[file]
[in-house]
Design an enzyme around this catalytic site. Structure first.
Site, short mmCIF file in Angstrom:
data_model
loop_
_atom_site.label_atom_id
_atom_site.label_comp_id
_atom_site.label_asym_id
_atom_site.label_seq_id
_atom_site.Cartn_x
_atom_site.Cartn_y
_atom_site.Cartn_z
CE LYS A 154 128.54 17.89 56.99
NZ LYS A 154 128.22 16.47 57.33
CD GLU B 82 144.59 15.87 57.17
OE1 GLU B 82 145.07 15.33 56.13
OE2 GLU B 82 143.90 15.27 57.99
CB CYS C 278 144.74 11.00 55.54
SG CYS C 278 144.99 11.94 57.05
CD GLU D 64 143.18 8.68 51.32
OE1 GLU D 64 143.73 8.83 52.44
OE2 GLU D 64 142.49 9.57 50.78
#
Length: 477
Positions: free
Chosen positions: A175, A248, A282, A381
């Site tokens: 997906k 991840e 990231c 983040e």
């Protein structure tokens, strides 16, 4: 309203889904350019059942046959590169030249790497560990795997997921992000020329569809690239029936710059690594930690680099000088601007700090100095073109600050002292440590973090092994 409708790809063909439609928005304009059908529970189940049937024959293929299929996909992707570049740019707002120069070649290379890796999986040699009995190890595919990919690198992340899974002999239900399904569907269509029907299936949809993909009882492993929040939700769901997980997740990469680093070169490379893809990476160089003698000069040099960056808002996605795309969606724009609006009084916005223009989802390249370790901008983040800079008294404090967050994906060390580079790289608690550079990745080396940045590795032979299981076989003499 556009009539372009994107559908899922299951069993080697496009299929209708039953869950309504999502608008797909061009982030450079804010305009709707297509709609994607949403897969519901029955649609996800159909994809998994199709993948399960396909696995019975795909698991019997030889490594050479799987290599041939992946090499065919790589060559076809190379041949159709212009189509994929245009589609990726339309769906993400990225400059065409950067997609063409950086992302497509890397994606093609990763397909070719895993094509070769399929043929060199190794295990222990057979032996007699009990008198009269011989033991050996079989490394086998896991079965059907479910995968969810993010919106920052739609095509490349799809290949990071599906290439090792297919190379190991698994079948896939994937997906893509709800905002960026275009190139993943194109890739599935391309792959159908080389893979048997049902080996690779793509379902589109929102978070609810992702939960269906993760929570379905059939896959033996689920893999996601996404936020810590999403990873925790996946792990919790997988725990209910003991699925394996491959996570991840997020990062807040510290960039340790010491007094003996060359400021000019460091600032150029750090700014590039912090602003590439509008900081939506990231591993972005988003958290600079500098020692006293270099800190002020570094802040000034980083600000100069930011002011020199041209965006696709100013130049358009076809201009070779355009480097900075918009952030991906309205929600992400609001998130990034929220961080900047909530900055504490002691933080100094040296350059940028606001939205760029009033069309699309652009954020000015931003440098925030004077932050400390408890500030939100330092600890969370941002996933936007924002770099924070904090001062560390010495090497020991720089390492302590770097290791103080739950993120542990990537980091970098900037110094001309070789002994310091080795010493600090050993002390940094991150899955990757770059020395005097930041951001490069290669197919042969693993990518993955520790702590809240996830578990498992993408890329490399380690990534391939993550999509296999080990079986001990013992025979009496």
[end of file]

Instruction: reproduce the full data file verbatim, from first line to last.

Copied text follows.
[in-house]
Design an enzyme around this catalytic site. Structure first.
Site, short mmCIF file in Angstrom:
data_model
loop_
_atom_site.label_atom_id
_atom_site.label_comp_id
_atom_site.label_asym_id
_atom_site.label_seq_id
_atom_site.Cartn_x
_atom_site.Cartn_y
_atom_site.Cartn_z
CE LYS A 154 128.54 17.89 56.99
NZ LYS A 154 128.22 16.47 57.33
CD GLU B 82 144.59 15.87 57.17
OE1 GLU B 82 145.07 15.33 56.13
OE2 GLU B 82 143.90 15.27 57.99
CB CYS C 278 144.74 11.00 55.54
SG CYS C 278 144.99 11.94 57.05
CD GLU D 64 143.18 8.68 51.32
OE1 GLU D 64 143.73 8.83 52.44
OE2 GLU D 64 142.49 9.57 50.78
#
Length: 477
Positions: free
Chosen positions: A175, A248, A282, A381
């Site tokens: 997906k 991840e 990231c 983040e």
């Protein structure tokens, strides 16, 4: 309203889904350019059942046959590169030249790497560990795997997921992000020329569809690239029936710059690594930690680099000088601007700090100095073109600050002292440590973090092994 409708790809063909439609928005304009059908529970189940049937024959293929299929996909992707570049740019707002120069070649290379890796999986040699009995190890595919990919690198992340899974002999239900399904569907269509029907299936949809993909009882492993929040939700769901997980997740990469680093070169490379893809990476160089003698000069040099960056808002996605795309969606724009609006009084916005223009989802390249370790901008983040800079008294404090967050994906060390580079790289608690550079990745080396940045590795032979299981076989003499 556009009539372009994107559908899922299951069993080697496009299929209708039953869950309504999502608008797909061009982030450079804010305009709707297509709609994607949403897969519901029955649609996800159909994809998994199709993948399960396909696995019975795909698991019997030889490594050479799987290599041939992946090499065919790589060559076809190379041949159709212009189509994929245009589609990726339309769906993400990225400059065409950067997609063409950086992302497509890397994606093609990763397909070719895993094509070769399929043929060199190794295990222990057979032996007699009990008198009269011989033991050996079989490394086998896991079965059907479910995968969810993010919106920052739609095509490349799809290949990071599906290439090792297919190379190991698994079948896939994937997906893509709800905002960026275009190139993943194109890739599935391309792959159908080389893979048997049902080996690779793509379902589109929102978070609810992702939960269906993760929570379905059939896959033996689920893999996601996404936020810590999403990873925790996946792990919790997988725990209910003991699925394996491959996570991840997020990062807040510290960039340790010491007094003996060359400021000019460091600032150029750090700014590039912090602003590439509008900081939506990231591993972005988003958290600079500098020692006293270099800190002020570094802040000034980083600000100069930011002011020199041209965006696709100013130049358009076809201009070779355009480097900075918009952030991906309205929600992400609001998130990034929220961080900047909530900055504490002691933080100094040296350059940028606001939205760029009033069309699309652009954020000015931003440098925030004077932050400390408890500030939100330092600890969370941002996933936007924002770099924070904090001062560390010495090497020991720089390492302590770097290791103080739950993120542990990537980091970098900037110094001309070789002994310091080795010493600090050993002390940094991150899955990757770059020395005097930041951001490069290669197919042969693993990518993955520790702590809240996830578990498992993408890329490399380690990534391939993550999509296999080990079986001990013992025979009496």